Bradycardia can be caused by numerous factors, including heart tissue damage related to aging, heart disorder present at birth, underactive thyroid gland, inflammatory disease, medications, damage to heart tissues from heart disease or heart attack, or repeated disruption of breathing during sleep.
The sinus node in the heart acts as a natural pacemaker, and this is most often where bradycardia starts. A slow heart rate might occur because the sinus node discharges electrical impulses slower than normal, pauses or fails to discharge at a regular rate, or discharges an electrical impulse that is blocked before it can cause the atria to contract. Other times, bradycardia can be caused when the electrical signals transmitted through the atria aren’t transmitted to the ventricles (heart block or atrioventicular block).
Symptoms of sudden cardiac arrest are immediate and drastic and include no pulse, no breathing, loss of consciousness and sudden collapse. There are often other symptoms that precede sudden cardiac arrest and could include fatigue, shortness of breath, dizziness, weakness, vomiting, blackouts, and more. However, most often, there are no warning signs.
When sudden cardiac arrest occurs, the lack of oxygenated blood can cause brain damage in only a few minutes. Death or permanent brain damage can occur within four to six minutes, so immediate action is necessary as timing is critical.
Sudden cardiac arrest occurs when your heart suddenly starts beating very fast and irregular, quivering instead of pumping. The body and brain are deprived of oxygen during this type of arrhythmia. If you are at risk, an implantable defibrillator can treat these dangerous fast heart. If this type of arrhythmia is untreated, it can cause death in minutes. Sudden cardiac arrest is caused by an electrical issue in the heart which causes the heart to quiver, rather than pump blood. People who experience sudden cardiac arrest typically lose consciousness before they can alert anyone about their symptoms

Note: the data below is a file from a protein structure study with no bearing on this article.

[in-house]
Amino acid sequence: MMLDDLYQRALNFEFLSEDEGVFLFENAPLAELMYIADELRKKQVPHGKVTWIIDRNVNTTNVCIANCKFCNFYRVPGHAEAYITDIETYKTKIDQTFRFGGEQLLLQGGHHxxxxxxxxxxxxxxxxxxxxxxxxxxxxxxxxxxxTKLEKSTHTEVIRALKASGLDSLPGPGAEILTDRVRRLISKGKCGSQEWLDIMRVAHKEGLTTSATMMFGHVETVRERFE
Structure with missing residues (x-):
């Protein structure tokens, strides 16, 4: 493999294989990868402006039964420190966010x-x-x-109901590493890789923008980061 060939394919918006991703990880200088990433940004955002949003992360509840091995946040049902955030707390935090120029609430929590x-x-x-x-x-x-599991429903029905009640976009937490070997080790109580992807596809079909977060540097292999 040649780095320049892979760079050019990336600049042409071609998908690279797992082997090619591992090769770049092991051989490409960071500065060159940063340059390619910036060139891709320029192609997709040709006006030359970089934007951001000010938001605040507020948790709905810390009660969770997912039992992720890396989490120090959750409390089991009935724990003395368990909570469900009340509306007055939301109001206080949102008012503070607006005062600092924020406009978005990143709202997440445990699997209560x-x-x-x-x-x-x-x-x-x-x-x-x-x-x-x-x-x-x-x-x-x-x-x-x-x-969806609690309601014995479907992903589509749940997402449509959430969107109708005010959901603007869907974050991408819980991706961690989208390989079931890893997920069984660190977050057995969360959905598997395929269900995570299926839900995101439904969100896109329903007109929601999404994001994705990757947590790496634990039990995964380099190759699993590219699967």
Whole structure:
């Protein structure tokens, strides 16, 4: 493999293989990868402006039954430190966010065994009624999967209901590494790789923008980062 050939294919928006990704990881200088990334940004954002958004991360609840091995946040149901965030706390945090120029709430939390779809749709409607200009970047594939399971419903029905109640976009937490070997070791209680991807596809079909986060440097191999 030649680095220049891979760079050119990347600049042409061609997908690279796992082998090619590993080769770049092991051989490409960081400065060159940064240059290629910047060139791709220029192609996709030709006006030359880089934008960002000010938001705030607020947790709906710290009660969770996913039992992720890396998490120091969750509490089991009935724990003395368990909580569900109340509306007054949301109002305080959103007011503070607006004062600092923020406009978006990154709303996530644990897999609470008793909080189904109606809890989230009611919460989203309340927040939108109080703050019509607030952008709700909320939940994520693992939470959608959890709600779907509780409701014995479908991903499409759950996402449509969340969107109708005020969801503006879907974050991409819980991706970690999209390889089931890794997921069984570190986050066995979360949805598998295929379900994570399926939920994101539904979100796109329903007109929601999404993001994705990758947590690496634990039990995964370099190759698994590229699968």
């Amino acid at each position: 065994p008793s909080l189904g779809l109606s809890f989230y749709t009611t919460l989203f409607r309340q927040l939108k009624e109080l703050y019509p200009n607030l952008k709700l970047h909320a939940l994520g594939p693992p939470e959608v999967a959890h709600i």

Sudden cardiac arrest is most often linked with coronary artery disease, making the risk factors very similar. These factors include a family history of coronary artery disease, obesity, diabetes, a sedentary lifestyle, heavy alcohol consumption, high blood pressure and/or cholesterol, and smoking. Other factors include a previous heart attack or cardiac arrest episode, age, family history of other forms of heart disease, use of illegal drugs, and nutritional imbalance.
While there’s no way to know your risk for sudden cardiac arrest, you can take measures to decrease your risk. Simple steps to take include making sure you are physically active, eating a nutritious and balanced diet, and limiting alcohol consumption. If you know you have a greater risk for heart disease or have an unhealthy heart, your doctor could recommend taking medications to improve your health. If some cases with a known high risk of sudden cardiac arrest, doctors may recommend anti-arrhythmic drugs or an implantable cardioverter-defibrillator (ICD) as primary prevention.